Wednesday, May 20, 2015

Civilians Are Finally In Charge of Complaints Against Oakland Cops. Kind Of. Not Yet.

by Darwin BondGraham
Wed, May 20, 2015 at 1:49 PM

Oakland police officers making an arrest. - DARWIN BONDGRAHAM
  • Darwin BondGraham
  • Oakland police officers making an arrest.
Last night, the Oakland City Council approved a long-awaited measure to centralize the intake of complaints against Oakland police officers with the Citizens Police Review Board, taking the crucial oversight role out of the hands of OPD’s Internal Affairs Division. The measure that passed, however, was very different from the proposal originally approved by the council in 2011, and from what the council considered again as recently as April of this year. Instead of providing five new staff positions to help CPRB handle complaints, the resolution passed last night only provides CPRB with one new position.

The back story to this reform is deep. Here’s a summary.

See also: Putting Citizens in Charge of Police Complaints
See also: Frazier Blocks Police Reforms


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Wednesday Must Reads: Raiders Make More Moves Toward Los Angeles; Steve Glazer Cruises to Victory in East Bay Senate Race

by Robert Gammon
Wed, May 20, 2015 at 10:26 AM

Stories you shouldn’t miss:

1. The Oakland Raiders continue to make moves toward relocating to Los Angeles, finalizing a land deal in Carson and hiring a well-connected lobbyist, UT San Diego reports (h/t Rough & Tumble). The Raiders and Charges put the finishing touches on a property deal that would allow them to build a $1.7 billion stadium in Carson. In addition, the teams hired Carmen Policy, a former San Francisco 49ers executive, to convince the NFL to approve their plans.

Steve Glazer.
  • Steve Glazer.
2. Steve Glazer, a centrist Democrat who openly courted Republican voters in the East Bay, cruised to victory in yesterday’s special state Senate election, defeating liberal Democrat Susan Bonilla, 54.6 percent to 45.4 percent. Glazer gained fame, and became a darling of conservatives, when he spearheaded an unsuccessful effort to ban BART strikes.

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Tuesday, May 19, 2015

Contra Costa County Juvenile Hall to End Use of Solitary Confinement

by Sam Levin
Tue, May 19, 2015 at 2:33 PM

click image FILE PHOTO
  • file photo
The Contra Costa County Probation Department is ending its use of solitary confinement for youth detained in juvenile hall as part of a settlement agreement that East Bay disability rights' activists announced today. This policy change, which advocates said is an unprecedented move that could serve as a model for juvenile detention facilities around the country, settles a prolonged legal dispute surrounding county probation officials' treatment of youth with disabilities.

The original class-action lawsuit — which advocacy groups Disability Rights Advocates and Public Counsel filed on behalf of youth in Contra Costa Juvenile Hall — alleged that the county routinely locked young people with disabilities in small cells for up to 23 hours a day. The suit said that these cells barely had enough space for a bed and only had a narrow window that was the width of a hand. The organizations further contended that the youth confined to these cells were illegally denied access to education, including special education classes. 

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Oakland Police Threaten to Cite Residents for Barbecues by Lake Merritt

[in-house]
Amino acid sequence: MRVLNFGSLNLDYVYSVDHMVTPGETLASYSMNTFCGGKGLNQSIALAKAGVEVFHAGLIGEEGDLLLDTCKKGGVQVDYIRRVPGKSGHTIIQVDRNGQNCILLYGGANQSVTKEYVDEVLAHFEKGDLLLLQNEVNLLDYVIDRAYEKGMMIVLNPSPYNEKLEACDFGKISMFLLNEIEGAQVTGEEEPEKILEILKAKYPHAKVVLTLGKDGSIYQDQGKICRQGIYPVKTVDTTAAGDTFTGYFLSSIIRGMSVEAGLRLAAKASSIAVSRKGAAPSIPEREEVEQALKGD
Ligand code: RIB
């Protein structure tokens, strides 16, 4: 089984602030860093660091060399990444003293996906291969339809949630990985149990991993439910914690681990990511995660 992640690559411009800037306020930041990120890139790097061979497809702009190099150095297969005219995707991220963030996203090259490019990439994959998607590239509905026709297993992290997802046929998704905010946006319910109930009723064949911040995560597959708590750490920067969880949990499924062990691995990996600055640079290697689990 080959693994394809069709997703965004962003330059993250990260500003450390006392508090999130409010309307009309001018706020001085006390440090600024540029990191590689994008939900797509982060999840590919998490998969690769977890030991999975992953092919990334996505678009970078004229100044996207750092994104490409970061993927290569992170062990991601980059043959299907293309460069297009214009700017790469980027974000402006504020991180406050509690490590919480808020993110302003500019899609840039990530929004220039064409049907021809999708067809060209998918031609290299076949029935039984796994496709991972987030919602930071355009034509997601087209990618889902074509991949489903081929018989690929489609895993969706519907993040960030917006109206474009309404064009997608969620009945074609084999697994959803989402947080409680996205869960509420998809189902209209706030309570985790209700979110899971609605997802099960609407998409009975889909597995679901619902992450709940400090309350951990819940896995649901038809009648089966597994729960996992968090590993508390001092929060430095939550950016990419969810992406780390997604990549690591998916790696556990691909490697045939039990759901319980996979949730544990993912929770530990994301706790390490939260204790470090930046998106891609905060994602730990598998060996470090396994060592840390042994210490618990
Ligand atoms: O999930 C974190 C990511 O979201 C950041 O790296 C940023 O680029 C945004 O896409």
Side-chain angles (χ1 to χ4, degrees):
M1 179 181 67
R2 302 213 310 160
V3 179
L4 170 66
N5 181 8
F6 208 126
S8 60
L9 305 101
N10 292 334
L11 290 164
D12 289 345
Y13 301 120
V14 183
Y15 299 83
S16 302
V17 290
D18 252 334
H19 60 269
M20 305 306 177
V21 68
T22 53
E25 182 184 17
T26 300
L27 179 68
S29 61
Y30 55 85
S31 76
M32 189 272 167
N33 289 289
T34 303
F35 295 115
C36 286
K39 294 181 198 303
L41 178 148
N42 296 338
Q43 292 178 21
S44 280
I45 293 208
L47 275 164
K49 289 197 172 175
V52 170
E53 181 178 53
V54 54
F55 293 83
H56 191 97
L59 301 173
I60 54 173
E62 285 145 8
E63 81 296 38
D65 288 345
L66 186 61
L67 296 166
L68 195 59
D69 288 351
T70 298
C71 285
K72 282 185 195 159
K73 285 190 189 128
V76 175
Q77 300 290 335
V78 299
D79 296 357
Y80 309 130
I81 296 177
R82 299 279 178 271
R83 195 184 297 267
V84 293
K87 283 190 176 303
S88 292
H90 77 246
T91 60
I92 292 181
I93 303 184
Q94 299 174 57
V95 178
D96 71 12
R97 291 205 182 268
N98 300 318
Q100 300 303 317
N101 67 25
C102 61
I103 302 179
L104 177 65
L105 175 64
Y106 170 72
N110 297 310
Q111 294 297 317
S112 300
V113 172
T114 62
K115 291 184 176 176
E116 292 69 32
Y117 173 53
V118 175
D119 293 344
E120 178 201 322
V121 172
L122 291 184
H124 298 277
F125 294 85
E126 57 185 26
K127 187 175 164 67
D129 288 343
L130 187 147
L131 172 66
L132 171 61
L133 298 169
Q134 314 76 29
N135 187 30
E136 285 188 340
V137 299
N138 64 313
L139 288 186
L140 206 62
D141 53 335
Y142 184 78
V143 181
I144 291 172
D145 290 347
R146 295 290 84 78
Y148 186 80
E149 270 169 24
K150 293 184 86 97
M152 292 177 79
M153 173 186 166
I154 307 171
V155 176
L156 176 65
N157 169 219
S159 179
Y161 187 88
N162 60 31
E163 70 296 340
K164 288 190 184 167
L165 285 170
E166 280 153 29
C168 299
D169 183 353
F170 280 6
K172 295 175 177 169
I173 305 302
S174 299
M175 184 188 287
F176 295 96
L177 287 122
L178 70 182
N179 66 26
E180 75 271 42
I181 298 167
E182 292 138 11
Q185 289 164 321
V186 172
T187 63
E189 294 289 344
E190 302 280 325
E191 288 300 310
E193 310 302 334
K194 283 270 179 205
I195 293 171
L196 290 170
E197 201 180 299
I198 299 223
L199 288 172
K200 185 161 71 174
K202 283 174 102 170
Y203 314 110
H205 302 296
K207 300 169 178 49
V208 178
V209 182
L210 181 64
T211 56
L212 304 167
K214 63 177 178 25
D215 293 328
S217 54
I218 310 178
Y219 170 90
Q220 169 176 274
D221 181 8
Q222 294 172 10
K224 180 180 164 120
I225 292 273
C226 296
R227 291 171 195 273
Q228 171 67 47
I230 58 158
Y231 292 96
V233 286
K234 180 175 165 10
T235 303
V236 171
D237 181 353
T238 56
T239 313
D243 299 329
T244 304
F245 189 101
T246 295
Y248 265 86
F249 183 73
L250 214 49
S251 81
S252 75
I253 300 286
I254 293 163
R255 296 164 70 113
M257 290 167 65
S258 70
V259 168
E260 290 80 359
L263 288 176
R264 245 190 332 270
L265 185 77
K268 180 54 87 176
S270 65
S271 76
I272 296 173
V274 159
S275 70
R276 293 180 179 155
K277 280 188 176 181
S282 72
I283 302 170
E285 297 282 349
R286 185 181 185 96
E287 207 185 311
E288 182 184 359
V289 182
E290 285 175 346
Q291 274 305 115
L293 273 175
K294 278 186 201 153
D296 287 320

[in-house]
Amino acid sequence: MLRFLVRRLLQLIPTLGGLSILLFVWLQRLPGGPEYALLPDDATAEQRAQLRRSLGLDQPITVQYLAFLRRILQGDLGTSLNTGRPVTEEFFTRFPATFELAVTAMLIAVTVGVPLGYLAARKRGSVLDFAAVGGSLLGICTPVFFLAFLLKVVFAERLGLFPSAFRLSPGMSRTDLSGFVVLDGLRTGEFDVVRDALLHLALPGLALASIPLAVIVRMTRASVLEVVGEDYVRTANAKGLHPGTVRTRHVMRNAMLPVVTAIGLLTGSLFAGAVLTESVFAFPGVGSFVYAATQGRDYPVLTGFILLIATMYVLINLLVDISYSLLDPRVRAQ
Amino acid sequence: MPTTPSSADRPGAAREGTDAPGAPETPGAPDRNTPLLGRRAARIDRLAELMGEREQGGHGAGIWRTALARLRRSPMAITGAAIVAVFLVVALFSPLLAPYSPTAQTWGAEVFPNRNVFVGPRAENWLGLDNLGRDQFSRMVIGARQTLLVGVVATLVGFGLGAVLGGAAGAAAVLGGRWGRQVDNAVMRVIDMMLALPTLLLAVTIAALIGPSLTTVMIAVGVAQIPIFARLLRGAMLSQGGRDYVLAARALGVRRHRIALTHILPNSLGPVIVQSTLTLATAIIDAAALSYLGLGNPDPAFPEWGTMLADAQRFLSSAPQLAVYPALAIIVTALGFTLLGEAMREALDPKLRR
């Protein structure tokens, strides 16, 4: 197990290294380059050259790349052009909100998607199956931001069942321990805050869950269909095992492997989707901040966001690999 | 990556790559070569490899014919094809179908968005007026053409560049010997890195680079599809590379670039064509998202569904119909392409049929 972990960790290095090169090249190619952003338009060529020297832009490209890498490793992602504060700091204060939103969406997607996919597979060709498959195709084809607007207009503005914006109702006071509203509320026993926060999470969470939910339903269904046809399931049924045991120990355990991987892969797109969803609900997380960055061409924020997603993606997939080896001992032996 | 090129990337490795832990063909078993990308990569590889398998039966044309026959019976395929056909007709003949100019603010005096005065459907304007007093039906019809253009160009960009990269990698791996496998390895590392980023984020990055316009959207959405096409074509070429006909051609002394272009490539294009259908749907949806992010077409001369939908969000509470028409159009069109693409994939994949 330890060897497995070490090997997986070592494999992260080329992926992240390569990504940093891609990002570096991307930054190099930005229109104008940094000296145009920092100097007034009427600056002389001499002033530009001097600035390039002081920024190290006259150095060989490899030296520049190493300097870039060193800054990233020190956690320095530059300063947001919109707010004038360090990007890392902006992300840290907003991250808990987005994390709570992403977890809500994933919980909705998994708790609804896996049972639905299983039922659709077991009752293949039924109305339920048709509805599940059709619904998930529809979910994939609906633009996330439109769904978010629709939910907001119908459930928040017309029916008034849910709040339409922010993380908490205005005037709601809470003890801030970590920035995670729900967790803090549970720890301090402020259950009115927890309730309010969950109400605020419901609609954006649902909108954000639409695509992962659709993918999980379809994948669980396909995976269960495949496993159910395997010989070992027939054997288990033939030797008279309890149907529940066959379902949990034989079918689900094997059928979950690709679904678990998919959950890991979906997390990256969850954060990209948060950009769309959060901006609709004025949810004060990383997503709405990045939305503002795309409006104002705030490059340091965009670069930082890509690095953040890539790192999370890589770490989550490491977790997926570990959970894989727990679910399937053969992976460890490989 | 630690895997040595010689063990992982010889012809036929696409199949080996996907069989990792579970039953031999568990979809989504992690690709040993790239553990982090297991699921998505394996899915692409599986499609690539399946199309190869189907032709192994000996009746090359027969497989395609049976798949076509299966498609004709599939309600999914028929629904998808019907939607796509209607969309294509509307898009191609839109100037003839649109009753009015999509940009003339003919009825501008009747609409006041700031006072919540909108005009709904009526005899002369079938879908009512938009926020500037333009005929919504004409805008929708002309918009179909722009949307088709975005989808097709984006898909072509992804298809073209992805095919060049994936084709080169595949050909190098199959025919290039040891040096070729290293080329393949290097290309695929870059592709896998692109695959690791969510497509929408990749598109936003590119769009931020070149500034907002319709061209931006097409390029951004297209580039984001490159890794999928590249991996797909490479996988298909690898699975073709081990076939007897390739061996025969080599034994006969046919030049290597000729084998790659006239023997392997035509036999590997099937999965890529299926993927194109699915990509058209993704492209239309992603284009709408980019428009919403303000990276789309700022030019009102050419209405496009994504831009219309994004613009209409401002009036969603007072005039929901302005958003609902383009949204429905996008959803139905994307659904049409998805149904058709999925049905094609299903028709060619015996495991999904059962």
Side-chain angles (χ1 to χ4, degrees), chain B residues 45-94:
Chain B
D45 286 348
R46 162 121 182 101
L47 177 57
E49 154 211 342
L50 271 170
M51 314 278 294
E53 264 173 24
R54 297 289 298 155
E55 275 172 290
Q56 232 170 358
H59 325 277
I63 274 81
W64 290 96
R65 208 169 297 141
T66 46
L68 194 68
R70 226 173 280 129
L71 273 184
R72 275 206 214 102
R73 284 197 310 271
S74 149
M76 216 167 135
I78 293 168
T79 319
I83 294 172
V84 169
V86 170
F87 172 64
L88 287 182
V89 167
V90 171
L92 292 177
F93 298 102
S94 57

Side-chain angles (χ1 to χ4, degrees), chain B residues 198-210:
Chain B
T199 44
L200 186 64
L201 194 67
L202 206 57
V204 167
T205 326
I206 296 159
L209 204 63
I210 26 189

by Darwin BondGraham
Tue, May 19, 2015 at 1:40 PM

An Oakland police officer patrolling Lake Merritt. - OAKLAND POLICE DEPARTMENT
  • Oakland Police Department
  • An Oakland police officer patrolling Lake Merritt.
For several weeks, the Oakland Police Department has parked multiple electric traffic signs on the eastern side of Lake Merritt warning that anyone barbecuing or drinking alcohol would be cited. The move is meant to cool down what has become one of Oakland’s hottest social scenes: picnics on the grassy knolls along Lakeshore Avenue, between El Embarcadero and East 18th streets. Thousands of people typically hang out there on weekends, often staying late into the night. 

But some of these partygoers have apparently been dumping charcoals in the bushes and lake. Others have been leaving behind piles of litter. (Admittedly though, the city hasn’t provided enough trash cans there). Neighbors who live up the hill in Cleveland Heights and on Lakeshore Avenue have complained to the city about the noise and garbage. Last month the city invited KRON’s Stanley Roberts to shame the litterbugs by filming the aftermath of one weekend’s revelry.

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Tuesday Must Reads: East Oakland Developer Wants $8 Million More in Subsidies; Californians Say Big Ag Should Save Water

by Robert Gammon
Tue, May 19, 2015 at 9:56 AM

Stories you shouldn’t miss:

1. The proposed developer of a strip mall in East Oakland is asking the city council for an additional $8 million in tax subsidies — on top of the $6 million that the council already approved, the Chron$ reports. Sid Afshar of Sunfield Development says he needs the extra funds because he’s had difficulty attracting tenants to the proposed project at Foothill Boulevard and Seminary Avenue and because his anchor tenant, Walgreens, is demanding a 33 percent rent reduction. Walgreens issued the demand, he said, after the company withdrew its request for an exemption to Oakland’s living wage law.

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2. A solid majority of state residents — 57 percent — say that California agriculture should be doing more to cut back on water use, including changing crops, the SacBee$ reports, citing a new Field Poll. To date, Governor Jerry Brown has refused to mandate water cutbacks on agribusinesses, despite the fact that they use 80 percent of the available water in the state. Californians also said they support the governor’s 25-percent mandatory water rationing for residents, but expressed concern that they won’t be able to meet the requirement.